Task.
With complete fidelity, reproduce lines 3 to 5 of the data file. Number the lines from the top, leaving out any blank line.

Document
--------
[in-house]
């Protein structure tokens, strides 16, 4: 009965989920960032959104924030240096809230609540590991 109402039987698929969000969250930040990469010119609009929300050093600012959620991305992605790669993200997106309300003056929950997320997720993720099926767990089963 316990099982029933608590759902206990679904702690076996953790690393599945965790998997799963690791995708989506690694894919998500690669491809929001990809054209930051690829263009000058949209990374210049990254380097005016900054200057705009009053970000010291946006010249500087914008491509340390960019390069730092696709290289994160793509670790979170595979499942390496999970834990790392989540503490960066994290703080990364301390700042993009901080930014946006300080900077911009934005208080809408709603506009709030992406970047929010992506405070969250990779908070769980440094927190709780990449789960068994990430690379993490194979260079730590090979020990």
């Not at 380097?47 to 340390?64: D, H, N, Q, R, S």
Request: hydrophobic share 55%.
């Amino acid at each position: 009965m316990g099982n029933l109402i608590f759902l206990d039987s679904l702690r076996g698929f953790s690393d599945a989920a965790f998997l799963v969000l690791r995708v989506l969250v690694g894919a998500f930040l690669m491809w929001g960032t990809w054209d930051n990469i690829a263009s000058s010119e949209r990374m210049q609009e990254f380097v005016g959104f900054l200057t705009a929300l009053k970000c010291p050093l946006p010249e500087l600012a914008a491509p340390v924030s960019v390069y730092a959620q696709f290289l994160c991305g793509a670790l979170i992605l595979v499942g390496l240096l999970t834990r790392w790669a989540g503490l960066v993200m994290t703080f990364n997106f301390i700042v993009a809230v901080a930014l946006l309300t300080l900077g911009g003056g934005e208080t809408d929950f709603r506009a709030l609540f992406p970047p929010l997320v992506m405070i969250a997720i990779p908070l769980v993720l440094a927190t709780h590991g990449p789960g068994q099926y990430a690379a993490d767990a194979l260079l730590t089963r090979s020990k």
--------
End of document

């Not at 380097?47 to 340390?64: D, H, N, Q, R, S």
Request: hydrophobic share 55%.
């Amino acid at each position: 009965m316990g099982n029933l109402i608590f759902l206990d039987s679904l702690r076996g698929f953790s690393d599945a989920a965790f998997l799963v969000l690791r995708v989506l969250v690694g894919a998500f930040l690669m491809w929001g960032t990809w054209d930051n990469i690829a263009s000058s010119e949209r990374m210049q609009e990254f380097v005016g959104f900054l200057t705009a929300l009053k970000c010291p050093l946006p010249e500087l600012a914008a491509p340390v924030s960019v390069y730092a959620q696709f290289l994160c991305g793509a670790l979170i992605l595979v499942g390496l240096l999970t834990r790392w790669a989540g503490l960066v993200m994290t703080f990364n997106f301390i700042v993009a809230v901080a930014l946006l309300t300080l900077g911009g003056g934005e208080t809408d929950f709603r506009a709030l609540f992406p970047p929010l997320v992506m405070i969250a997720i990779p908070l769980v993720l440094a927190t709780h590991g990449p789960g068994q099926y990430a690379a993490d767990a194979l260079l730590t089963r090979s020990k």